Should soaps incorporate the pandemic into storylines or avoid it altogether?
That’s a question that has been raised before, but there are varying views on the matter, and for some it depends on the show’s own setting.
A hospital drama, for instance, may find it far more difficult to avoid than a suburban soap.
Neighbours is on record as saying whilst a soap is ideally escapist it has selectively incorporated natural advancements such as sanitisers on bench tops.
Home & Away has also avoided the pandemic becoming central to Summer Bay, but did make changes to shooting.
Last Week writer Holly Lyons told the Screen Forever conference, “We cut a lot of kissing. At one meeting, we debated how important a handshake between two enemies was for a story, and we were very mindful full of lines like, ‘remember to wash your hands.’ And I especially remember having to cut the line, ‘I will avoid him like the plague.’ We really didn’t want to reference the pandemic on that show. A character who initially was about to go away for a holiday on a cruise ship, had to change his plan. And one brawl, which would usually be a fistfight, was turned into people armed with baseball bats, so that actors wouldn’t have close contact. So that’s how we kind of tackled the pandemic in Summer Bay. We tried to ignore it as much as possible it possible.”
Meanwhile, Kate Oates, Head of Genre, BBC Studios said UK productions weren’t sure during their first lockdown how things would pan out.
“The overused phrase from me was, all our crystal balls are broken. We just don’t know how this is going to look. So we had to make judgment calls. And so we decided to pick Wolford, which is where EastEnders is set. We decided to pick Wolford up because we came off screen briefly as we had to close down. When we came back, we decided that we would pick it up post lockdown, so we would reflect what had happened to a community that had been in lockdown, but we wouldn’t still be in lockdown,” she said.
“So we went to a slightly parallel universe, I guess you could say, where COVID is a thing, COVID has had an effect on people. We’ve all experienced the same thing, but we’re looking at a community sort of trying to move forwards. In the present, you don’t do so much of the social distancing or mask wearing, that kind of thing. But people are aware of COVID and still talk about it.
“I suppose one of the main story threads that it affected for EastEnders was we were already running a domestic violence storyline. Our character, Chantelle Atkins, who was a beautiful, feisty, fiery young woman who happens to be married to a man who hits her and has kept it a secret to protect the integrity of her marriage. She’s made that mistake. When we picked it up after lockdown, what we saw was that violence had become markedly worse and that she’d been suffering it behind locked doors whilst people just, you know, have not been able to see any evidence of what’s been happening to her day to day. Actually in our second week back, that mistake was to prove fatal, that she’d not told anybody and he killed her.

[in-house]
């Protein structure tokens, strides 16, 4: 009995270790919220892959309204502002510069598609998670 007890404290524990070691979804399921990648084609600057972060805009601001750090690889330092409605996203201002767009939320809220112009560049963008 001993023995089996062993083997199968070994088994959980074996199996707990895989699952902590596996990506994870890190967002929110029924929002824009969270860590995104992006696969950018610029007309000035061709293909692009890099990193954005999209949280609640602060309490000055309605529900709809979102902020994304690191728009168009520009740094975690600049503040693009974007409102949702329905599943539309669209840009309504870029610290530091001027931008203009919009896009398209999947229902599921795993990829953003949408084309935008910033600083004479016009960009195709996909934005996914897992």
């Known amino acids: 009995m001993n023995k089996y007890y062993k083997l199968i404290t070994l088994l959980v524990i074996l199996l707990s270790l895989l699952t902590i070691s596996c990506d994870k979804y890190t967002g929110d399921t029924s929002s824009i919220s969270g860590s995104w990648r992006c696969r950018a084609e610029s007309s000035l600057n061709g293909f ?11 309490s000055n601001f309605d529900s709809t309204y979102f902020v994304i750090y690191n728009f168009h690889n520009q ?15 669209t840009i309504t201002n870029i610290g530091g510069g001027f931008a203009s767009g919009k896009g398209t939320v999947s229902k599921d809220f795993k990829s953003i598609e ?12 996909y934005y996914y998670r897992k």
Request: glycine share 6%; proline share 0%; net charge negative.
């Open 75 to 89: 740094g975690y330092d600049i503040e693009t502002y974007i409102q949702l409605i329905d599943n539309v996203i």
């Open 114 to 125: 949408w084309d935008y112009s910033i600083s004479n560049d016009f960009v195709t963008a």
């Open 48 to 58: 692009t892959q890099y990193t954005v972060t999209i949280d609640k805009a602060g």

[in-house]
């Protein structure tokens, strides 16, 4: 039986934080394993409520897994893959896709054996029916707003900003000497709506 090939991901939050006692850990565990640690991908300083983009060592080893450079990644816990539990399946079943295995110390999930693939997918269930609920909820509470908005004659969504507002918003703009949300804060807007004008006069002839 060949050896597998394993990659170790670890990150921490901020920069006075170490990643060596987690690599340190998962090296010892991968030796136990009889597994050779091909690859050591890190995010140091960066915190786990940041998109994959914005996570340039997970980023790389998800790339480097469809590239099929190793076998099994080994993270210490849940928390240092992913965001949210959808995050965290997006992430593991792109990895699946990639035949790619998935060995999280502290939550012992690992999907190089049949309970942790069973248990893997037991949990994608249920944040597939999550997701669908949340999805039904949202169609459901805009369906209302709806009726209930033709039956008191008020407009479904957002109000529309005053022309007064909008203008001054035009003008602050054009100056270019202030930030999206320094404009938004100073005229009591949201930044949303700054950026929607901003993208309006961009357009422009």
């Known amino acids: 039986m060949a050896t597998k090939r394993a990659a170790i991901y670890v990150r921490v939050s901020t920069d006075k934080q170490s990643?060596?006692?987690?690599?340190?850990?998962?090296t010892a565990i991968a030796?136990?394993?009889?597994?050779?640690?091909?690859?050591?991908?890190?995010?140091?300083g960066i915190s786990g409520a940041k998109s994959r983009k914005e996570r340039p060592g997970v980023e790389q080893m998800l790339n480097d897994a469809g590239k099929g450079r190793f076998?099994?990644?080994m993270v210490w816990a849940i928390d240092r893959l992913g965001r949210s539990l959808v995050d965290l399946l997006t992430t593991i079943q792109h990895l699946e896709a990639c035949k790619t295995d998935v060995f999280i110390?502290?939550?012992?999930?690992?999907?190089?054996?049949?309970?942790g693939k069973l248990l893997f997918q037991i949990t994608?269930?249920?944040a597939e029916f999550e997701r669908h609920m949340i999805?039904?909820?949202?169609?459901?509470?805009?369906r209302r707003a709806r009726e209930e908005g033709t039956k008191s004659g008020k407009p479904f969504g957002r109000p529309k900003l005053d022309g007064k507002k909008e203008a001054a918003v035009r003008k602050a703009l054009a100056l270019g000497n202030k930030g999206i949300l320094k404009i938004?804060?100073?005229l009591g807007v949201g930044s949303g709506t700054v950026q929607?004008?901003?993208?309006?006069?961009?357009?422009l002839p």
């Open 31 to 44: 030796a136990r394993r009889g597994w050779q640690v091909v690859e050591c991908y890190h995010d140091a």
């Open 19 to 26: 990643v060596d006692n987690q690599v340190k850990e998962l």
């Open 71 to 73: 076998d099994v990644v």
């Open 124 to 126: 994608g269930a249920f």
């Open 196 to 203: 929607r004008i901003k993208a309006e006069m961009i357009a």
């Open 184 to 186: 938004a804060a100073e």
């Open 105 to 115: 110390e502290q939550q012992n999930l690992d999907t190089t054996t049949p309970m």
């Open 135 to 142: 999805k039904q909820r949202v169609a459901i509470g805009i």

“It offered big, big dramatic opportunities. I think rather than letting it completely change our narrative, we let it shape the narratives in a realistic way. So we have a nurse character called Sonia Fowler, it’s affecting her. She’s got a bit of sort of PTSD from it now, really. It’s changed her outlook on life. It changed the way she looks at the world. It’s been about just applying that layer of truth to the characters without making the drama about COVID as such.”
BBC hospital drama Casualty also chose to incorporate COVID.
Loretta Preece, Series Producer said, “Well, like a lot of productions, we had to close down very suddenly as COVID came over into the UK, and we had to stop filming and we had to make a decision about how we come back and what we put on air when we come back. It was Kate who had said initially in a meeting that it was essential that we covered COVID in the show, being a medical show. And I was quite afraid of that idea.
“I remember talking to Kate (Oates) about it in the morning and thinking, knowing that she was right, but also understanding what a huge undertaking that was. I spent the rest of that day speaking to our medical advisers. So, we’ve got four consultants in the field, and just trying to gauge from them how they thought that the crisis might unfold, because, as you rightly say, we were speaking then in April about transmission that we knew would go out in December, January. And so to try and predict the future in a very fast-moving epidemic situation, of course, none of the medics could tell us. In fact, three of them said absolutely different things.
“So, we had to gauge what we thought that the world might look like. But also, we set that episode quite, quite distinctly in the period of the first wave, which was unfolding at the time we were writing. We set it as a flashback, basically, which allowed us some licence. At the time that it did go out, which was 2 January this year, actually for COVID there was an enormous second wave hitting the UK and it was a time of tremendous fear in Britain and an enormous, terrible death toll. But actually, although, again, we were concerned and the channel was concerned about how such a hard-hitting episode would go down, by good fortune, it struck a chord with the British people. It felt like the truth that they wanted to hear about what was really going on in emergency departments. And so it was very challenging decisions, which happily seemed to come good.”